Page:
A Persian thing
I am tired of this Persian-Arab conversation, which I am
August 1, 2005
The plane circles around one last time before landing in Charles
de Gaul airport, on a cloudy and cold November afternoon. As I
look outside the tiny window, I wonder about the human condition,
my dismal experience with the females species, and J-Lo's butt...
not necessarily in that order. The plain lands a little after
pm. I pick up my luggage and take a cab to hotel Le Meridian, not
too far from the Arch d'Triumph. Forty-five minutes or so later
I am in the lobby of the hotel.
The woman at the reception has a thin face and small lips. Her
long blond hair is tied at the back. She looks slightly constipated.
We do some rudimentary chit chat -- she in French English and I
in Persian English -- before she gives me the key to my room. Room
2012. Once in my room, I put the suitcase on the bed and look around.
The window opens to the inside of the building.
I walk back downstairs and tell the receptionist that I want
a room with a view to the street.
"Sure, no problem", she says. Then, while staring at
her monitor, she mumbles something in French to the other woman.
"Is there a problem?" I ask.
"No, of course not, I thought you'd prefer a quite room,
facing the inside." Then after a pause she asks "Are
you Arabic"? putting the stress on the second "a",
like the French seem to do.
"Why do you ask? No I am not an Arab, I am Persian, from
Iran." In my mind I add,... and it seems you have mashed potatoes
for a brain, how can you not tell the difference between a Persian
and an Arab? Am I being unreasonable? I ask myself. Of course not,
I hear myself respond.
She says, "Yes, I mean from that part of the world. Arabic
people like windows to the street."
"Do they? Really? I didn't know... I just prefer to see
the world rather than the cement walls inside."
"No problem" she says, before mumbling again to the
other woman -- perhaps something like: "look at this guy,
first he doesn't want to admit he's Arabic and now he wants a noisy
Bloody French, I think to myself. She gives me the key to room
3135. I go back up and change my room. Now I can almost see the
Arch from my window.
I take a shower and shave. Before leaving for my appointment,
I pick up the phone and call Washington DC. I want to hear the
sweet voice of this lovable woman I have recently met. Of course,
she probably isn't as lovable as I imagine. I don't know. In my
experience, behind every sweet woman lurks a wolf -- quietly but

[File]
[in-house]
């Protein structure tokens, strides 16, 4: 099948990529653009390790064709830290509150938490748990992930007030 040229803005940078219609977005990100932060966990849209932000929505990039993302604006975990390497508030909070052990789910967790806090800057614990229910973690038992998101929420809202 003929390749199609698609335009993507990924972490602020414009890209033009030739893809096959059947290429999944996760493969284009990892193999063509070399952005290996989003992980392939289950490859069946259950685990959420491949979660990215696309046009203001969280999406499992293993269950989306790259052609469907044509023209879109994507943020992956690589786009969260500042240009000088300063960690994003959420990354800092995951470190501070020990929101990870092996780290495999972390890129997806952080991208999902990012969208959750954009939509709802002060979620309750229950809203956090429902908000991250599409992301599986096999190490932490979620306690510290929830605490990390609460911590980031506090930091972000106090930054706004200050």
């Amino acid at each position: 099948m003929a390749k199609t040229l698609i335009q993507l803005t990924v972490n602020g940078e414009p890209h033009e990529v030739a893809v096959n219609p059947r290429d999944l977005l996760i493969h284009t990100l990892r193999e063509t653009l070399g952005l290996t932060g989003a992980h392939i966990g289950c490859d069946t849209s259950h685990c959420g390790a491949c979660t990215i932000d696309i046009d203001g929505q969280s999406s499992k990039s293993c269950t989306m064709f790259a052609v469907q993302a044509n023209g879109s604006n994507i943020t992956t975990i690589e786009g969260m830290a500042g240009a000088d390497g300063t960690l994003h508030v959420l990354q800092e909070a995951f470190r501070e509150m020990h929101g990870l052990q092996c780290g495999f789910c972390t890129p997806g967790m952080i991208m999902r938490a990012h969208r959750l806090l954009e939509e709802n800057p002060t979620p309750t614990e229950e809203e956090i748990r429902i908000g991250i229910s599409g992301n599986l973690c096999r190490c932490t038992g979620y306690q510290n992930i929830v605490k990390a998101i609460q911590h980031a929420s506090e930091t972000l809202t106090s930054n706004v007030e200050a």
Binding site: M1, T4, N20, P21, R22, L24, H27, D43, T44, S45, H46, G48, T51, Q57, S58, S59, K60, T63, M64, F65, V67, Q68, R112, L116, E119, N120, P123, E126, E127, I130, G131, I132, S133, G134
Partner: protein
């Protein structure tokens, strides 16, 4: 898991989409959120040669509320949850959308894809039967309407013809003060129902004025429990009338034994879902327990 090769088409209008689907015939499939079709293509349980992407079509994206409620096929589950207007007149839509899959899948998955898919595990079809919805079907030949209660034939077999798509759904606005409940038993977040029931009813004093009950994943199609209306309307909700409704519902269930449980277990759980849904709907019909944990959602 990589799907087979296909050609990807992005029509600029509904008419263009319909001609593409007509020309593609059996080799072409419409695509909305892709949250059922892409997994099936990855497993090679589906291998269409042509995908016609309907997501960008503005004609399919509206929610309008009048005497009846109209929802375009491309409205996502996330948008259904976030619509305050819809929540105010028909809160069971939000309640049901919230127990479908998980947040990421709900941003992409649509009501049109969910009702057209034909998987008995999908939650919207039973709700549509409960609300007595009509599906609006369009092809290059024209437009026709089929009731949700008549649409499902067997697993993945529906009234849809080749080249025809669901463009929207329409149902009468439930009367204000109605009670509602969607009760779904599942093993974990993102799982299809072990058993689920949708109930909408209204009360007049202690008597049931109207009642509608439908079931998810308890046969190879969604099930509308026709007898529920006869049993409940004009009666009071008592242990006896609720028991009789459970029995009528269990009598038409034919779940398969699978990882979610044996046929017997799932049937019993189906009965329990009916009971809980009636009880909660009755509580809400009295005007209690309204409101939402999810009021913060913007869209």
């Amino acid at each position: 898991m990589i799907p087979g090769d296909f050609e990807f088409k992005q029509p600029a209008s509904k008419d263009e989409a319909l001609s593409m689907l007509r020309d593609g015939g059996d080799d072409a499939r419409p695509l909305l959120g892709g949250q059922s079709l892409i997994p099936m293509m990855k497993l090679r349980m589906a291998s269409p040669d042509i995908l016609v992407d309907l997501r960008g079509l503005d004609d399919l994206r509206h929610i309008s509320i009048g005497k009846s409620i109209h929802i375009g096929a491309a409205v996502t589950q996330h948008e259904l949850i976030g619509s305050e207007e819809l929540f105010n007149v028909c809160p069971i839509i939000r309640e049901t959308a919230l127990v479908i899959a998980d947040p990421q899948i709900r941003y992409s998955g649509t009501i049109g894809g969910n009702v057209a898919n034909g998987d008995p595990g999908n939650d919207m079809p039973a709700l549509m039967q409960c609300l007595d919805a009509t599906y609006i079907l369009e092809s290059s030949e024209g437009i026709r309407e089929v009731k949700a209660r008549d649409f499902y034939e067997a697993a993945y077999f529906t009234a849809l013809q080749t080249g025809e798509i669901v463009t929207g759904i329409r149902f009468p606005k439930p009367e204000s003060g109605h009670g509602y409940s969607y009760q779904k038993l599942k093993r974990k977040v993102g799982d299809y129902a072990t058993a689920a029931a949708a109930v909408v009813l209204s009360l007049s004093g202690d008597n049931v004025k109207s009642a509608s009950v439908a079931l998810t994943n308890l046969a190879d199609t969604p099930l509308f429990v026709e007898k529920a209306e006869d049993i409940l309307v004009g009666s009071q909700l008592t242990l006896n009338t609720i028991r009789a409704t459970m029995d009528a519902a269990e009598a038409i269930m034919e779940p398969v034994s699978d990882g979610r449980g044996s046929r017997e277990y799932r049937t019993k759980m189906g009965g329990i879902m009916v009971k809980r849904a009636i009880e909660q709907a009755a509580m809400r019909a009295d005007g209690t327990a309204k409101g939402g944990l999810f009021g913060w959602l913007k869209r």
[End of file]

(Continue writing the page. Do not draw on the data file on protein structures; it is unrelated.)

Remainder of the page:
surely. She is from Lebanon. I hope this time it works out. I'm
tired of looking and nothing ever working out.
About 2 months later
At the video shop I look for House of Sand and Fog.
I hear it's about the Persians in LA. I want to watch it with her.
been seeing each other for over two months now. She's a delight
at and exciting to be with, although may be a tad too spontaneous
and fast-paced -- in contrast to my slow approach to life. I
am trying to get used to her personality. And of course she's an
I love her nevertheless. It's a bit ironic really that I am in
love with an Arab woman. Occasionally my natural Persian prejudices
annoy her. So far she has put up with them, but I know it's starting
to bother her.
In the evening I go over to her house. After dinner we put the
video on. I sit down on her new white sofa. She lies down with
her head on my lap. I run my fingers through her long and soft
hair as we watch the movie. Everything is nice and happy. Until,
that is, we get to the scene when Shohreh Aghdashloo shouts to
that anti-Christ Ben Kingsly about not wanting to live like bare-footed
backward desert Arabs, or something to that effect.
She jumps up, looking startled. "What the hell is that all
about? Is this what you think of us Arabs?"
I try to calm her: "She doesn't mean it that way. Persians
in LA are a bit racist and anyway she's referring to the Bedouins
in Saudi Arabia, people who invaded us, not Arabs in Lebanon or
Jordan or Egypt."
She is quiet during the rest of the film, but obviously pissed
off. Damn video, damn Aghdashloo. I decide to rent Lawrence
of Arabia or a video of Om Kolthum next time...
After the movie we go to a party of some of her relatives. It's
a kind of introduction to her family; she wants to test how they
react to me. They are mostly nice people but a little too Arab.
The men have thin moustaches and the women big butts. The gathering
is in a characterless party room in an apartment building south